At the Royal Melbourne Hospital in Victoria, Australia, 9 patients with severe leg fractures have been successfully treated with their own adult stem cells. The 5 men and 4 women had suffered the most serious types of fractures as a result of car accidents, which left many of the patients unable to walk, even after attempts at surgery, which in all cases were unsuccessful. Even over 3 years after the surgeries, the broken bones still had not healed, and it is not uncommon in such cases for these types of severe breaks in the leg bones to result in amputation. However, within 4 months of being treated with their own adult stem cells, the patients recovered, as their thigh and shin bones were found to have regrown and healed.
One such example is a 35-year-old male who had broken both his tibia and fibula in a motorcycle accident in 2005. Although he underwent surgery in which a rod was placed in his tibia, over a year later he was still unable to walk without crutches. Indeed, approximately 15% of all such fractures never fully heal. But the man was recruited into the stem cell trial, in which his own adult stem cells were harvested from his bone marrow with a minimally invasive needle that was inserted into his pelvis. The stem cells were then cultured in a laboratory and injected directly into the sites of his leg fractures, where new bone began to form. The man was able to walk the following day. He is now fully recovered, free of pain, and enjoys running and playing football again.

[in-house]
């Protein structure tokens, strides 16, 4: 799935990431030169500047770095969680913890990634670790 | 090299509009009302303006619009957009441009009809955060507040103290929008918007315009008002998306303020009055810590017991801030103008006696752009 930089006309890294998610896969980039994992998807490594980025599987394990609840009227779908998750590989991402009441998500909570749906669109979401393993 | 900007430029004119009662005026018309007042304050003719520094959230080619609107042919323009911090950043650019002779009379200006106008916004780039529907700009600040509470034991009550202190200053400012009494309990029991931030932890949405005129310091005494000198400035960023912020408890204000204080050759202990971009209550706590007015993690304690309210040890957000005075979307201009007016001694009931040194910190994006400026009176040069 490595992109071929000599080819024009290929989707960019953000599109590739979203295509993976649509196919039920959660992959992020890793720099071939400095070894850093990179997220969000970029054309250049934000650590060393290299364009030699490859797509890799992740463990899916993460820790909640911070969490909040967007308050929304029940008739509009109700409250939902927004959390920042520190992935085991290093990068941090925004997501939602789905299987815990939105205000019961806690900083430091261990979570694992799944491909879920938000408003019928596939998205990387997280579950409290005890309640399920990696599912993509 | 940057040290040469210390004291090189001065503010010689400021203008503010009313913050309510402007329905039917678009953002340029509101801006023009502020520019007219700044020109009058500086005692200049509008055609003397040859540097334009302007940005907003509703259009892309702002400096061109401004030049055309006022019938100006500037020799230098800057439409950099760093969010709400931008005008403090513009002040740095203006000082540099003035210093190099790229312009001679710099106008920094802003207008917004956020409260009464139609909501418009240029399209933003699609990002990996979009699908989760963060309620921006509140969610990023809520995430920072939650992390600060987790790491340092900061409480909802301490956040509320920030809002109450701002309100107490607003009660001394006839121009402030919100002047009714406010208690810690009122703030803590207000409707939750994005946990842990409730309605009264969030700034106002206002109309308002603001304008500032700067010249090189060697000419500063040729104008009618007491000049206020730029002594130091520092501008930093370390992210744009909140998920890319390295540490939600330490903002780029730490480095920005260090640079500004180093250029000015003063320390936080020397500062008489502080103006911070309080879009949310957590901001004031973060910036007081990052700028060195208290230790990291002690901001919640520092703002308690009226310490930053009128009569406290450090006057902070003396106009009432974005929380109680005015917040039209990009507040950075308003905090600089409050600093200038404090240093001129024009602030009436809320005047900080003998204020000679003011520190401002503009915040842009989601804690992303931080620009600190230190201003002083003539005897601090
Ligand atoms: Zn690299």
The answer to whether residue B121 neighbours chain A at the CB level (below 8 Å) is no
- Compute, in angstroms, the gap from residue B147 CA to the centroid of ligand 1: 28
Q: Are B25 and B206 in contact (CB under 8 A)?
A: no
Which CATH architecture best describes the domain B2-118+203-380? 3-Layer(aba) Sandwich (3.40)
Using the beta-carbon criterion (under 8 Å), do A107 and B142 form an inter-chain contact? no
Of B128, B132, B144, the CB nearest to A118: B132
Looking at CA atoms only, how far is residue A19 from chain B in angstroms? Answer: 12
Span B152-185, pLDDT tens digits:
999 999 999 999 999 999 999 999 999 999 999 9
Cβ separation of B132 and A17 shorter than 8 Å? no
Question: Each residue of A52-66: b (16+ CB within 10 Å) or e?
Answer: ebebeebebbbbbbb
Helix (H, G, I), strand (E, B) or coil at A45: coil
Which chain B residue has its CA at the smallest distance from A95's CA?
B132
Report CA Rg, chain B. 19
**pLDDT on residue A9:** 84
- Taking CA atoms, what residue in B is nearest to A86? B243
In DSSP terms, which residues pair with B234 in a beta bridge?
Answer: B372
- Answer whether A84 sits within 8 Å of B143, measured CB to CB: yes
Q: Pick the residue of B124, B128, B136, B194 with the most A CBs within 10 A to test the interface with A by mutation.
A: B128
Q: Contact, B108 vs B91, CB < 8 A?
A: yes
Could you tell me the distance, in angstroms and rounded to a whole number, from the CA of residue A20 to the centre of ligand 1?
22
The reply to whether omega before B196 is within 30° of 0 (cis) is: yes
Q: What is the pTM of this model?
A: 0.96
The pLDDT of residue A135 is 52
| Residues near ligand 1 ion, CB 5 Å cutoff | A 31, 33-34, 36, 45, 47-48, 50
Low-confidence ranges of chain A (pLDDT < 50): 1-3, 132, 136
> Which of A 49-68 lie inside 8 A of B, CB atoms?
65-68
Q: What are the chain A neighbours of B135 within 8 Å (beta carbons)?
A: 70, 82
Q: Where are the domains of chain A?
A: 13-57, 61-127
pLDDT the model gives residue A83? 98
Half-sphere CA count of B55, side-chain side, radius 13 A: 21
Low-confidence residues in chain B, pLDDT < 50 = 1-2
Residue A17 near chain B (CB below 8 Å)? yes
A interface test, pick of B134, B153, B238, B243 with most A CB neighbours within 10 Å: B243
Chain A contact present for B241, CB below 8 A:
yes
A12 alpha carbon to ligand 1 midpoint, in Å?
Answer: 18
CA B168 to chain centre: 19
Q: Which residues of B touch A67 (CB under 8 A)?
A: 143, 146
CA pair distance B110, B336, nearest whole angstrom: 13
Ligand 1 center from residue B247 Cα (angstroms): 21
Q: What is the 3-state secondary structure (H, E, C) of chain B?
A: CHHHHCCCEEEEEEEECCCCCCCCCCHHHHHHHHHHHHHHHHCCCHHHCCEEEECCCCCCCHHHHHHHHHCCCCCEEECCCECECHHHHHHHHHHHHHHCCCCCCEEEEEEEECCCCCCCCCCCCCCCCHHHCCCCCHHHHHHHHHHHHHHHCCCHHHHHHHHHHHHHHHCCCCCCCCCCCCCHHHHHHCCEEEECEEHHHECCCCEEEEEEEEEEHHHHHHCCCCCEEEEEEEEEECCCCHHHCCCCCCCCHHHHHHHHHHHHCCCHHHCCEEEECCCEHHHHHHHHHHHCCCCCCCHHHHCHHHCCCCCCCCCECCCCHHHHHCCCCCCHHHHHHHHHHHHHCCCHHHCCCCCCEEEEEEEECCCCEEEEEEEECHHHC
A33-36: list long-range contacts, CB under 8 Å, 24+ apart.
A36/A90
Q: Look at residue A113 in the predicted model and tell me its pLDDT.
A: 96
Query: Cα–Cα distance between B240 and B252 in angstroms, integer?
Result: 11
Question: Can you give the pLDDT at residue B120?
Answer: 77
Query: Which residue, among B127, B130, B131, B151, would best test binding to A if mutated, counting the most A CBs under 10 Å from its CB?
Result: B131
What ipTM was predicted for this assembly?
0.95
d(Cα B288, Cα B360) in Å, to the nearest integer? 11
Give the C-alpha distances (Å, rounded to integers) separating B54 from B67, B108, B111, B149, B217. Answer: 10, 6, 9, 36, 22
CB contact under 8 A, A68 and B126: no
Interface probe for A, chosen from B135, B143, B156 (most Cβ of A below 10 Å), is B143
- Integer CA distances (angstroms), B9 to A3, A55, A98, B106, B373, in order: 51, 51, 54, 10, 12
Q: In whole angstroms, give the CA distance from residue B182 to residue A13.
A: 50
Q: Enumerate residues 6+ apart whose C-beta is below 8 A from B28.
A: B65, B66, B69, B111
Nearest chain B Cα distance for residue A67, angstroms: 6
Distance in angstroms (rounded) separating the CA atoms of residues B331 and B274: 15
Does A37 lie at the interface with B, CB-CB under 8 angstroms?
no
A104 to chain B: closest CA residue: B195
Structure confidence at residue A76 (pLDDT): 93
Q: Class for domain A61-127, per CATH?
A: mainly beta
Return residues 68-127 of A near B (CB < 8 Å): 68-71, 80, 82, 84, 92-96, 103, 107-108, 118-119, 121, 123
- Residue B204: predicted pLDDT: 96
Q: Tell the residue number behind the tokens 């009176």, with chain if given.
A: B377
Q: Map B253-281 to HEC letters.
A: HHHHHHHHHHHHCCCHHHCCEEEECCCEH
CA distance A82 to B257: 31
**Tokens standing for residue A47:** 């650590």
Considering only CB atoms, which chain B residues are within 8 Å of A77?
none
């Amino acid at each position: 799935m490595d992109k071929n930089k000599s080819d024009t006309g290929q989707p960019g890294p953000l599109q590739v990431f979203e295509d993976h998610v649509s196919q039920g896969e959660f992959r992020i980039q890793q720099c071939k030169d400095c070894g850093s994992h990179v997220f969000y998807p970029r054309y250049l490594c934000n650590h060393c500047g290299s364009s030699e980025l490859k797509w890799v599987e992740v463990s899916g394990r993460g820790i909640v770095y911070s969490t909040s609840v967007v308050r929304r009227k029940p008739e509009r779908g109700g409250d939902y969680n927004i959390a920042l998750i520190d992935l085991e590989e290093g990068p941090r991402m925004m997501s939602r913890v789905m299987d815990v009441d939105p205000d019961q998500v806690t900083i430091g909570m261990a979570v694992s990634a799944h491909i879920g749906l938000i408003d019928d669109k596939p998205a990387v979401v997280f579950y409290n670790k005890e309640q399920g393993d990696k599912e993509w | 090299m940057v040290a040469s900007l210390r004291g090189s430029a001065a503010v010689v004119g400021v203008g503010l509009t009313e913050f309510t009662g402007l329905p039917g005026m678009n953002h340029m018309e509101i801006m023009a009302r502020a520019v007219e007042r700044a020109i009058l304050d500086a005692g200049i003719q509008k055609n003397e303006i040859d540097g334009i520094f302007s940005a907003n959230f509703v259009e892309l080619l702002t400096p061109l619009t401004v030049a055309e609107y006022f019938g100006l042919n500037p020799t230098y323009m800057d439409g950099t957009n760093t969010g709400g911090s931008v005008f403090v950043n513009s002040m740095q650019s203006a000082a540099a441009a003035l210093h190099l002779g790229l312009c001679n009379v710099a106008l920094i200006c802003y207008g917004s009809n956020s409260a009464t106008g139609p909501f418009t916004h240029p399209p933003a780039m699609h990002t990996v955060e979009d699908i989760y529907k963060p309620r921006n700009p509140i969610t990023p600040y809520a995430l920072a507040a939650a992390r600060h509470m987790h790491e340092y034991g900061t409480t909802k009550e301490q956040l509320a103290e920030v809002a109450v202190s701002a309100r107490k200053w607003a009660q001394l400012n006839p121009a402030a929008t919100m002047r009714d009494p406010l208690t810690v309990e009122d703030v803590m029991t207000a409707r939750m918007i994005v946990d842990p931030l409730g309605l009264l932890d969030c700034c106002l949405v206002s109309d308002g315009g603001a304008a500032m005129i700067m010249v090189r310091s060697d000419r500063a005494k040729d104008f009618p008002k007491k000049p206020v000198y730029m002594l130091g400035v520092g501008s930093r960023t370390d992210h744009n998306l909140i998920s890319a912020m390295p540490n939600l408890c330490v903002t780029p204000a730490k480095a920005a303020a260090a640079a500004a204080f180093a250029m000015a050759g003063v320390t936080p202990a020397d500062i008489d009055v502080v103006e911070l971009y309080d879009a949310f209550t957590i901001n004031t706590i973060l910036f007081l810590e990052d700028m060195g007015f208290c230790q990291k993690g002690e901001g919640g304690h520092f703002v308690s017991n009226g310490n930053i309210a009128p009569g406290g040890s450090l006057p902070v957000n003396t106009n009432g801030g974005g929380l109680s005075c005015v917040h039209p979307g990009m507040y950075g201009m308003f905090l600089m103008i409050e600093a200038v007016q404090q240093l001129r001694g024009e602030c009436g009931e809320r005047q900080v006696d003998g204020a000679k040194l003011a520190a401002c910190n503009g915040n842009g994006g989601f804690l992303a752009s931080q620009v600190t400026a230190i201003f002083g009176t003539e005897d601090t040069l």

Such a procedure is now believed to offer a powerful therapy not only in the event of traumatic injury, but also in cases of more gradual injury, such as with age-related arthritic hips. In many cases, this type of adult stem cell therapy may eliminate the need for elective surgery altogether, since those patients who in the past were likely to find their names on long hospital waiting lists can instead be treated as outpatients with their own adult stem cells.
According to Dr. Richard de Steiger, the orthopedic surgeon who led the trial, “Most of the time you have to have a secondary operation on the hip bone and take some bone graft out, and that’s often more painful than the surgery for the actual fracture. All these patients have avoided the need for having a second operation to get bone from somewhere else in the body. Instead the bone’s just grown outside the body, in a lab. The potential for doing this kind of work is very exciting. If we could try to regrow cartilage it would mean we’d be able to help people with early arthritis of the knees and hips as a result of sporting trauma.”
Similar trials, with similar success, have already been conducted in the UK, but this was a first of its kind in Australia. The particular stem cell technology that was used in the therapy is licensed by the company Mesoblast, and is expected to be commonly available in hospitals within the next 3 to 5 years.